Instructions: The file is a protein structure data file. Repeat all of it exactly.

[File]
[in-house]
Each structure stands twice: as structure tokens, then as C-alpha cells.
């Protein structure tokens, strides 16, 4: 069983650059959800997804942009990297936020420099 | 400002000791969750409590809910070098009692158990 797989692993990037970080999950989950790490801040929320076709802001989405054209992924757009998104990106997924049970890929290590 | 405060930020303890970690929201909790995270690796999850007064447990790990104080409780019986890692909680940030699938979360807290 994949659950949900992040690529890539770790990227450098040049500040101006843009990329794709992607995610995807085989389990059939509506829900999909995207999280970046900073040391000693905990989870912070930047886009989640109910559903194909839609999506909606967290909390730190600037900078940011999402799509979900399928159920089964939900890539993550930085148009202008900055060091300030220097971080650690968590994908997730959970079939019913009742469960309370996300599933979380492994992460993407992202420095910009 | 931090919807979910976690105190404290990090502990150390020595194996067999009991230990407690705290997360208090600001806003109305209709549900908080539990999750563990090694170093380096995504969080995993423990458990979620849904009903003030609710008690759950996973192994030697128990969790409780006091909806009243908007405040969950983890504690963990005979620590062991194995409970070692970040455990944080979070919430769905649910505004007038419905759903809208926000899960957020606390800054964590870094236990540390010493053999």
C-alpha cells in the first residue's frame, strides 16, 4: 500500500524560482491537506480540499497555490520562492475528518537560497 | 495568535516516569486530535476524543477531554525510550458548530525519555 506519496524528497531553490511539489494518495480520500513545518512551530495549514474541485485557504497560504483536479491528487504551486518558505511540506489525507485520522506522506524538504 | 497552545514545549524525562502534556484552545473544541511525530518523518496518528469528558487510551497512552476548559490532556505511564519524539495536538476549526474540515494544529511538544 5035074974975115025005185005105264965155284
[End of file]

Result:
[in-house]
Each structure stands twice: as structure tokens, then as C-alpha cells.
């Protein structure tokens, strides 16, 4: 069983650059959800997804942009990297936020420099 | 400002000791969750409590809910070098009692158990 797989692993990037970080999950989950790490801040929320076709802001989405054209992924757009998104990106997924049970890929290590 | 405060930020303890970690929201909790995270690796999850007064447990790990104080409780019986890692909680940030699938979360807290 994949659950949900992040690529890539770790990227450098040049500040101006843009990329794709992607995610995807085989389990059939509506829900999909995207999280970046900073040391000693905990989870912070930047886009989640109910559903194909839609999506909606967290909390730190600037900078940011999402799509979900399928159920089964939900890539993550930085148009202008900055060091300030220097971080650690968590994908997730959970079939019913009742469960309370996300599933979380492994992460993407992202420095910009 | 931090919807979910976690105190404290990090502990150390020595194996067999009991230990407690705290997360208090600001806003109305209709549900908080539990999750563990090694170093380096995504969080995993423990458990979620849904009903003030609710008690759950996973192994030697128990969790409780006091909806009243908007405040969950983890504690963990005979620590062991194995409970070692970040455990944080979070919430769905649910505004007038419905759903809208926000899960957020606390800054964590870094236990540390010493053999």
C-alpha cells in the first residue's frame, strides 16, 4: 500500500524560482491537506480540499497555490520562492475528518537560497 | 495568535516516569486530535476524543477531554525510550458548530525519555 506519496524528497531553490511539489494518495480520500513545518512551530495549514474541485485557504497560504483536479491528487504551486518558505511540506489525507485520522506522506524538504 | 497552545514545549524525562502534556484552545473544541511525530518523518496518528469528558487510551497512552476548559490532556505511564519524539495536538476549526474540515494544529511538544 5035074974975115025005185005105264965155284